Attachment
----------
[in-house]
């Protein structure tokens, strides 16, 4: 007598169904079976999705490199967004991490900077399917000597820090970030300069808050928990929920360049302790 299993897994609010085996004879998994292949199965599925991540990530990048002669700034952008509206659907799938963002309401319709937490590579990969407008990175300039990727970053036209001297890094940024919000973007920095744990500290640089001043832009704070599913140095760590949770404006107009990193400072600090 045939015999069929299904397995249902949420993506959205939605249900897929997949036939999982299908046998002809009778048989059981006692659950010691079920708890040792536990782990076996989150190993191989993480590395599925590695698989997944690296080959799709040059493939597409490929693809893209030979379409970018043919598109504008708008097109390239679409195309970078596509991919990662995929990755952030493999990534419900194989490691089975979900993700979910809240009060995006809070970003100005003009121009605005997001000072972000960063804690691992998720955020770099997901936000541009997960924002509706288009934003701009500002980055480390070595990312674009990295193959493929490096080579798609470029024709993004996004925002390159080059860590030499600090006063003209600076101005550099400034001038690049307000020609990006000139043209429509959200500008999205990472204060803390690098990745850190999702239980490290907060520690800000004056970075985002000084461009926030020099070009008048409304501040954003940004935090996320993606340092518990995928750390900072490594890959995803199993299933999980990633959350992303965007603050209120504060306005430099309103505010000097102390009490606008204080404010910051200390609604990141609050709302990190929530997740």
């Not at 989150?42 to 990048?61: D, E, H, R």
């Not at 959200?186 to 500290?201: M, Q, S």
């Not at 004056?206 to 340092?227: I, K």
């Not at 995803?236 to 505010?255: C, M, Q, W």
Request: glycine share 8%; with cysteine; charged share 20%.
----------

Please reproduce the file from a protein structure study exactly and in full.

[in-house]
């Protein structure tokens, strides 16, 4: 007598169904079976999705490199967004991490900077399917000597820090970030300069808050928990929920360049302790 299993897994609010085996004879998994292949199965599925991540990530990048002669700034952008509206659907799938963002309401319709937490590579990969407008990175300039990727970053036209001297890094940024919000973007920095744990500290640089001043832009704070599913140095760590949770404006107009990193400072600090 045939015999069929299904397995249902949420993506959205939605249900897929997949036939999982299908046998002809009778048989059981006692659950010691079920708890040792536990782990076996989150190993191989993480590395599925590695698989997944690296080959799709040059493939597409490929693809893209030979379409970018043919598109504008708008097109390239679409195309970078596509991919990662995929990755952030493999990534419900194989490691089975979900993700979910809240009060995006809070970003100005003009121009605005997001000072972000960063804690691992998720955020770099997901936000541009997960924002509706288009934003701009500002980055480390070595990312674009990295193959493929490096080579798609470029024709993004996004925002390159080059860590030499600090006063003209600076101005550099400034001038690049307000020609990006000139043209429509959200500008999205990472204060803390690098990745850190999702239980490290907060520690800000004056970075985002000084461009926030020099070009008048409304501040954003940004935090996320993606340092518990995928750390900072490594890959995803199993299933999980990633959350992303965007603050209120504060306005430099309103505010000097102390009490606008204080404010910051200390609604990141609050709302990190929530997740």
């Not at 989150?42 to 990048?61: D, E, H, R």
């Not at 959200?186 to 500290?201: M, Q, S």
């Not at 004056?206 to 340092?227: I, K």
């Not at 995803?236 to 505010?255: C, M, Q, W």
Request: glycine share 8%; with cysteine; charged share 20%.